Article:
Farmers saved by the river

Sandy Vasko

    While trying to put together a picture of what made Wilmington what it is today, I have often talked about the Kankakee River improvements.
    The availability of canal boats to our merchants turned the 1870's in Wilmington into a boom time despite the severe economic depression felt in other parts of our country.
    But it was not only the merchants who benefited from water transportation. They were only the middlemen. It was the farmers in the area that really felt the impact of the canal boat.
    Farming is and always has been the backbone of our economy. But in the latter half of the 19th century this was even truer.
    Most of the population of the United States lived in rural areas, and after the Civil War many of the young veterans came home, wanting nothing more in life than to till the soil for a living. But that same Civil War had turned the railroads into huge monopolies.
    Their strategy was simple. They lowered the cost of transporting goods until all the stage and freight lines that used horses went out of business. Then they raised the rates. For the most part, they had no competition.
    For the farmer, everything he could not raise or make himself, came to him by train at a high price. The farm products he raised could only get to market by train, again at an extremely high charge. It was estimated that the sale of 75 percent of a farmers' produce went to transporting and the remaining 25 percent to market.
    In 1867, a government clerk named Oliver Hudson Kelley decided to do something about it. He had toured the South for the Bureau of Agriculture and found the farmers poor, discouraged and uninformed about advanced farming methods.
    Kelley and six of his friends started the farmer's movement called the Grange, officially called the Patrons of Husbandry. He started in his home state of Minnesota, and by 1875 there were 21,000 Granges in the Midwest.
    Farmers used the Grange to organize opposition to the unfair practices of the railroads. It secured passage of state laws to limit railroad rates.
    Illinois was at the forefront of this movement, and passed laws setting the maximum transportation and grain storage rates. Owners of railroads and grain elevators objected to the laws as interference with interstate commerce and violation of property rights.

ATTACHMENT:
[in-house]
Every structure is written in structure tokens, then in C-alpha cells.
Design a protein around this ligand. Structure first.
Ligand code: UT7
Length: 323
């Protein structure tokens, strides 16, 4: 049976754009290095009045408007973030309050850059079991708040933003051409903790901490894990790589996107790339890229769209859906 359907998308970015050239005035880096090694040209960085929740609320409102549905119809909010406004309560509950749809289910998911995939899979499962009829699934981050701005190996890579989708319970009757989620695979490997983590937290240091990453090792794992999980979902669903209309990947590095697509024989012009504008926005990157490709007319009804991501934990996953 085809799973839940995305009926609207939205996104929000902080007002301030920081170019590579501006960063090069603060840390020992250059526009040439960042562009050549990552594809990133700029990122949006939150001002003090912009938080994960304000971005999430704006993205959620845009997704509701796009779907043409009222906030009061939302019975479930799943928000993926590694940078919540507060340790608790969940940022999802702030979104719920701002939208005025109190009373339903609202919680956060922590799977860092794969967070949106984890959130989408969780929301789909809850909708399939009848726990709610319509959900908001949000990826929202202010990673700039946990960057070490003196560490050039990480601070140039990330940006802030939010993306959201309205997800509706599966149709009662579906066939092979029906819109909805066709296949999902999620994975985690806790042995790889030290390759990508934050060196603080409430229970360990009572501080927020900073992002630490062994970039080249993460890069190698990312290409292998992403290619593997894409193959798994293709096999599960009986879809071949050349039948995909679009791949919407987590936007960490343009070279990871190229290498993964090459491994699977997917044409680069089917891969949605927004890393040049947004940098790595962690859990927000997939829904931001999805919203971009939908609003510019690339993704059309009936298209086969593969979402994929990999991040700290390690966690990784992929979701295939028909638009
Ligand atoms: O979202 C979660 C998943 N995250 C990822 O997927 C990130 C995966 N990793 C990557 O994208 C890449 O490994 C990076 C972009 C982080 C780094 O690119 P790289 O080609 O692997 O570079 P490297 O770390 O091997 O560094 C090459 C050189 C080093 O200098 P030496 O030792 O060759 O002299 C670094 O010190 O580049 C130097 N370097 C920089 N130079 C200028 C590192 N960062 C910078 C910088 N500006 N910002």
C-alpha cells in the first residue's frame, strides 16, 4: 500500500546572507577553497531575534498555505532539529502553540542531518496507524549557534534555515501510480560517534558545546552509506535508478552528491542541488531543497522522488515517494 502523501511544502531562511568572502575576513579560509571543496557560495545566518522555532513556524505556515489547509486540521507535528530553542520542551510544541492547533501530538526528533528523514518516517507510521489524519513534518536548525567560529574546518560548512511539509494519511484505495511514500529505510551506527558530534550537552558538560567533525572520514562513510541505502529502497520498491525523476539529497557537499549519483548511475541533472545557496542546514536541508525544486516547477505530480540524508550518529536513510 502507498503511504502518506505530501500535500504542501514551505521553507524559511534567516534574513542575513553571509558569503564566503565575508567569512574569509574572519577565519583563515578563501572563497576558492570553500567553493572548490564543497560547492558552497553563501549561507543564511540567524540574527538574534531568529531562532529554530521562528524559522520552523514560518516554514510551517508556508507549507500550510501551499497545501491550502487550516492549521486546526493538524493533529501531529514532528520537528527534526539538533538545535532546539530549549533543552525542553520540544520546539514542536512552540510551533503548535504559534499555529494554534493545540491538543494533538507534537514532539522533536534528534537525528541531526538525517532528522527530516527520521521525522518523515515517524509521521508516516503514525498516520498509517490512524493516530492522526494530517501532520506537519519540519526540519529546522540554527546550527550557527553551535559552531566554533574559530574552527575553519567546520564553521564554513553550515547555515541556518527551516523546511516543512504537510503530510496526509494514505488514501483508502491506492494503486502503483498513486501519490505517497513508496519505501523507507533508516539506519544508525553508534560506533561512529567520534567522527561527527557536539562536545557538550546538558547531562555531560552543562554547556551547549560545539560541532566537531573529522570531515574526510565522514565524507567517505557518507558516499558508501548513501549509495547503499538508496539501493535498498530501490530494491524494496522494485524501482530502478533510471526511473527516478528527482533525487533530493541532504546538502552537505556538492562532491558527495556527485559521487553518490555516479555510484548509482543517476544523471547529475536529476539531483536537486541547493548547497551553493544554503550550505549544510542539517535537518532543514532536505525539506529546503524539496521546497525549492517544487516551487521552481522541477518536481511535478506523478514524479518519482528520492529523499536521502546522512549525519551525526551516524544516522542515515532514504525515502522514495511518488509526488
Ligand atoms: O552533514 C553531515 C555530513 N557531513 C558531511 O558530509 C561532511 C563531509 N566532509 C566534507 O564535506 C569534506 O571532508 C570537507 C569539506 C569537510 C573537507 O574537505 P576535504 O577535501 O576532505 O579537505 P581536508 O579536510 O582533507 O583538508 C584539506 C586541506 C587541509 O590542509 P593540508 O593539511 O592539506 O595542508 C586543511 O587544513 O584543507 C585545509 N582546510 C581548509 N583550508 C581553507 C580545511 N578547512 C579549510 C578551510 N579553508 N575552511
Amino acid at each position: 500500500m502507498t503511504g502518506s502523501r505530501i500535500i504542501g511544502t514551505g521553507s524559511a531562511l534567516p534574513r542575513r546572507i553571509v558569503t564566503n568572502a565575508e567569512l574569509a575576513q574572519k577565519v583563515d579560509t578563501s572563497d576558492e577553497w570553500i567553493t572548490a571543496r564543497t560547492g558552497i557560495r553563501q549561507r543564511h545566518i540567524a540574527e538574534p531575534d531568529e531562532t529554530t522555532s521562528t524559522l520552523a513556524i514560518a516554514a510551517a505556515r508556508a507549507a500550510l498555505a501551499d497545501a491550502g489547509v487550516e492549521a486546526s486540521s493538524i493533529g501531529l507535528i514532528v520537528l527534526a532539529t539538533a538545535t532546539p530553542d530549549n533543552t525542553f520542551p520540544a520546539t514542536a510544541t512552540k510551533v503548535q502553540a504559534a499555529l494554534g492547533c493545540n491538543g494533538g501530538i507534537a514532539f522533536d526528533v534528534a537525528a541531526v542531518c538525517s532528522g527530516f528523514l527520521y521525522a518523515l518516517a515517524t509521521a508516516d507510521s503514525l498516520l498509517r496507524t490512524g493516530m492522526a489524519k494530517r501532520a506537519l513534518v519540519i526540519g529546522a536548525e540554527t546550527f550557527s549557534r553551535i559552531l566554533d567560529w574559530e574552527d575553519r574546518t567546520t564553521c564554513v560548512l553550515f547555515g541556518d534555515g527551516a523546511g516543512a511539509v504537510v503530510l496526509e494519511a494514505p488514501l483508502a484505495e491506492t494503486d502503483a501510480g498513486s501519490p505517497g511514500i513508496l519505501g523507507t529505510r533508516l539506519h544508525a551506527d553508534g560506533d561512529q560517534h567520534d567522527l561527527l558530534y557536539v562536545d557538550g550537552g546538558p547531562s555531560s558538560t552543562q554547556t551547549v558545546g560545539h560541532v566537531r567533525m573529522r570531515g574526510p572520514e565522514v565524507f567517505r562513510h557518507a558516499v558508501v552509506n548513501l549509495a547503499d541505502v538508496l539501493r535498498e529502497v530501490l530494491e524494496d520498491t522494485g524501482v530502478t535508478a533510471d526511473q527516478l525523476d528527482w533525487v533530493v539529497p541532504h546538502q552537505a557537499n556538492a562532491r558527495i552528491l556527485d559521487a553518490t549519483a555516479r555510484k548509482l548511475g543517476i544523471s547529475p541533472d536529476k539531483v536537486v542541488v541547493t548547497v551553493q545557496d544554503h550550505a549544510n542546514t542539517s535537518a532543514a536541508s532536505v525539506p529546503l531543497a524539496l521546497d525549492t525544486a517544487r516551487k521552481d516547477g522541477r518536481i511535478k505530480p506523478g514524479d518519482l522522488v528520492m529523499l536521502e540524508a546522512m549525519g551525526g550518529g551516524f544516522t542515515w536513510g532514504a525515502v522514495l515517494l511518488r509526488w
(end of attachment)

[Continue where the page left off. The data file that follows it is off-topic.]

In Munn vs. Illinois, the Supreme Court ruled that property which affected the community at large “must submit to be controlled by the public for the common good.”
    This was a huge victory for Illinois farmers. But where did the farmers of Wilmington stand?
    Well, I have to say that they were one of the last groups to jump on this bandwagon. The first Wilmington Farmer's Club was organized in August of 1873. The Wilmington Advocate hailed the news with these words, “It is better late than never; the farming community in this section have waited quietly and submissively until their rights have been outraged and themselves made slaves for the aggrandizement of monopolies.”
    Why did it take them so long? The answer is the river.
    In Wilmington, the railroads were not a monopoly. The canal boats provided a cheap alternative, at least for three seasons of the year.
    As early as 1862 when the first canal transportation was available, the only commodity that was shipped from the port of Wilmington was corn. Grain warehouses sprang up along the river like mushrooms.
    From Altorf down to the Feeder Canal there was a warehouse every two or three miles. Shipping corn by water saved the farmer about 1.5 cents a bushel.
    In September of 1871 the Wilmington Advocate reported, “Over 100,000 bushels of grain chiefly corn, was received at Chicago by canal on Monday. A good days business. This was all local traffic, i.e. none of it came from the Illinois River towns.
    “The canal carried this grain in spite of the three parallel railroads, which compete with the boats for the trade.”
     The canal provided shipping until the mid-1880's. It was then that the railroads and the grain elevators next to them became important. So important that many small villages sprang up around them, such as Ritchie and Symerton.